Babies born to mothers who experience a bacterial infection severe enough to require hospitalisation during pregnancy may be at higher risk of developing autism, a study has found.
According to a Study:
- The study, conducted on mice, revealed that the composition of bacterial populations in the mother’s digestive tract.
- In addition,can influence whether maternal infection leads to repetitive behaviour.
- And impaired sociability autistic-like behaviours in offspring.
- Further, irregularities that the researchers call “patches” are most common in a part of the brain known as “S1DZ”.
- And were responsible for the behavioural abnormalities seen in mice.
- Expert said, we identified a very discrete brain region that seems to be modulating all the behaviours.
- In addition,associated with this particular model of neurodevelopmental disorder.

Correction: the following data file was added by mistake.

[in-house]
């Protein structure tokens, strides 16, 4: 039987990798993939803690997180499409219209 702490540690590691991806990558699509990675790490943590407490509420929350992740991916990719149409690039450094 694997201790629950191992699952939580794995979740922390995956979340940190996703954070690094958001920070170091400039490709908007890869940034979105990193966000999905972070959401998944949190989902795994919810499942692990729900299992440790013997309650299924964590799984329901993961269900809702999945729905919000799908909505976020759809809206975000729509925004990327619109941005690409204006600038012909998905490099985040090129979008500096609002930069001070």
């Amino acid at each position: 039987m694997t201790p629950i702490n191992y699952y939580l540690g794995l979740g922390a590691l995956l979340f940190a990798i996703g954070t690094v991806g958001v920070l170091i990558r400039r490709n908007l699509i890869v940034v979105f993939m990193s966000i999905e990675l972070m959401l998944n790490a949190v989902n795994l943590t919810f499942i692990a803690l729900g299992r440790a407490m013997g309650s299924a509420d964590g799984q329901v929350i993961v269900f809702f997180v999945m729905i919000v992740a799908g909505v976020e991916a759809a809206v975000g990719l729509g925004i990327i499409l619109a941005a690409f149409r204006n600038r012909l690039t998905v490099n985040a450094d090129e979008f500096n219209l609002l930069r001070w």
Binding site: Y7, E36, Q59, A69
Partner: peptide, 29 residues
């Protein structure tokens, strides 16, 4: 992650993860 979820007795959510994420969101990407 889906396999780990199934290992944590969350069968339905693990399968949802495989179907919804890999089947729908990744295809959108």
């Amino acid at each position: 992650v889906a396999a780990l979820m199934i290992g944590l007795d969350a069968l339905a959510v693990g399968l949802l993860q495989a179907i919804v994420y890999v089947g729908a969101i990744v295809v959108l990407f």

- A second study in the same jounal, revealed that not all mothers who experience severe infection end up having child with autism.
- And similarly not all the mice in the maternal inflammation model develop behavioural abnormalities.
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What experts say?
- This suggests that inflammation during pregnancy is just one of the factors.
- It needs to work with additional factors to lead all the way to that outcome.
- Moreover, the researchers found that only the offspring of mice with one specific type of harmless bacteria.
- In addition,known as segmented filamentous bacteria, had behavioural abnormalities and cortical patches.
- When the researchers killed those bacteria with antibiotics, the mice produced normal offspring.
If validated in human studies, the findings could offer a possible way to reduce the risk of autism, which would involve blocking the function of certain strains of bacteria found in the maternal gut, the researchers noted.